Wishful thoughts said...

I completely agree with Meg...the blatant use of women as wallpaper has been going on for years yet was it not that very thought process that the women's lib movement strove to reject?

When will intelligent, normal women be viewed with the same value as those who appear to be cookie cutter versions of the male ideal?

Anonymous said...

hi meg,
thanks so much for your post on cardigans! it was very helpful.
-- original request

Jessica said...

Yes, this is certainly just another way that the media sets the standard for how "desirable" women should look, think, and act.

As sort of an offshoot comment, have you ever read some of the comments left by visitors of celebrity gossip sites? They are absolutely heinous, insulting beautiful women with the tiniest bit of cellulite, body hair, extra pudge - whatever little flaw they can find. Katherine Heigl, Kelly Clarkson, and Mischa Barton are just a few of the celebs. that are continually criticized for their body flaws, however slight they may be. I find these comments to be very, very telling about how our society has come to perceive beauty, self-worth, and the human body.

Meg said...

Jessica- Yeah I have, which is why I NEVER read the comments on any celebrity gossip site. I already have kind of mixed feelings about reading the sites already, and I try to avoid blogs that make those kind of derogatory comments toward every woman, but sometimes it's hard.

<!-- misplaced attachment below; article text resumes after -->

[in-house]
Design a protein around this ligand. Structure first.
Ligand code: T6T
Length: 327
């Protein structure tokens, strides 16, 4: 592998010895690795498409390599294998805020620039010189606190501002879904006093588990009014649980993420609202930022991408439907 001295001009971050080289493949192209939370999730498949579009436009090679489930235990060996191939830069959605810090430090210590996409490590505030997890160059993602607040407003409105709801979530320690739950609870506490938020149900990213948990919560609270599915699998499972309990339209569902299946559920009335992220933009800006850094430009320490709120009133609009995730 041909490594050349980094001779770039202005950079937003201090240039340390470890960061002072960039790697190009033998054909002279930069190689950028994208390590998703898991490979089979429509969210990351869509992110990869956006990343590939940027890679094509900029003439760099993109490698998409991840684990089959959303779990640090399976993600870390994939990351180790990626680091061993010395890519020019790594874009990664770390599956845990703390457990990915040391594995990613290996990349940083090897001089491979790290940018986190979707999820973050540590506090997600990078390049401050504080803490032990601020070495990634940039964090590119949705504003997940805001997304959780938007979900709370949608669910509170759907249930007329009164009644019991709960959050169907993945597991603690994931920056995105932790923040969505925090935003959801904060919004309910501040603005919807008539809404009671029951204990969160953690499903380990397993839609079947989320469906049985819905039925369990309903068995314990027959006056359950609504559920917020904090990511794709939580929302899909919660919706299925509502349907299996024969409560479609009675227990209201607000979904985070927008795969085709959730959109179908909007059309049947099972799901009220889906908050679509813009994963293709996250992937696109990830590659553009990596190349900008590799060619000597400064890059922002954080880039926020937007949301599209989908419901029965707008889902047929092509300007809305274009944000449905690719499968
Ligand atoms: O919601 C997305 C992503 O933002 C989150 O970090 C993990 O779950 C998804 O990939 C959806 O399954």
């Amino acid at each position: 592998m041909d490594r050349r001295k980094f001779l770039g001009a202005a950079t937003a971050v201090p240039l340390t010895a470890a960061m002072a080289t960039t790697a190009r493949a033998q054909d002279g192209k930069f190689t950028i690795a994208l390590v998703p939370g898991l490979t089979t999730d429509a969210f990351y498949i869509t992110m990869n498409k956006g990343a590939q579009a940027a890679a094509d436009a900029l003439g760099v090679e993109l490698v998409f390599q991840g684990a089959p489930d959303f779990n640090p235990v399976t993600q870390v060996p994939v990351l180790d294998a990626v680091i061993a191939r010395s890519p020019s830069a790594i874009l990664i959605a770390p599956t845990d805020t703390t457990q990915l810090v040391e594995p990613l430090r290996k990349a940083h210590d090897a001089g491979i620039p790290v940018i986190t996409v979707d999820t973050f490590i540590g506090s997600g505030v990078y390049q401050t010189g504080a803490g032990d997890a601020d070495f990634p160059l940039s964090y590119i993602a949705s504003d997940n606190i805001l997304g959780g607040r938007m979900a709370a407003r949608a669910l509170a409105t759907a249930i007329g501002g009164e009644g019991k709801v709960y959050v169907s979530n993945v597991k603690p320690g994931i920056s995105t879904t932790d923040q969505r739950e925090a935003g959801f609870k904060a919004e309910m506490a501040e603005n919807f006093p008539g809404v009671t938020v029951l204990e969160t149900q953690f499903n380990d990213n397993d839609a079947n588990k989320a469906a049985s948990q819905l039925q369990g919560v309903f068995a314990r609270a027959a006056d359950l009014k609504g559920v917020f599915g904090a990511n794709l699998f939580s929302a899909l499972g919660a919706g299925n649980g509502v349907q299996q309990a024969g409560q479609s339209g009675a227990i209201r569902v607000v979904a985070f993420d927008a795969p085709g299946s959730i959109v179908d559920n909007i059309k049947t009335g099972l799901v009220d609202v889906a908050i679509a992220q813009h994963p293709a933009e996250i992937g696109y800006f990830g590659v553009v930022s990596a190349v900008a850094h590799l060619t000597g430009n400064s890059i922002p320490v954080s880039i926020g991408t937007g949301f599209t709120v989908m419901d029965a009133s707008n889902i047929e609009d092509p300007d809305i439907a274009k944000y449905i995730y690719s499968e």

themakeupgirl said...

Hmmm - Interesting point of view...

Dei said...

Although I agree with you, it's not all that hard to imagine those with higher ambitions than a modeling career taking the job. Think about it for a second.

You're hot and know you're hot. You're intelligent enough to know that you won't be hot forever, so of course you go to college to have a start in something more substantial. While in college, you do modeling gigs to earn money. No big deal.

When you're done with college, you discover that Los Angeles can be a difficult and expensive city. You might be getting jobs in your chosen field, but the pay is awful and you barely have enough for rent. All of a sudden a job comes along that is basically standing and looking pretty that pays amazingly well and can lead to even bigger gigs because of the notoriety. You would be a fool not to take it.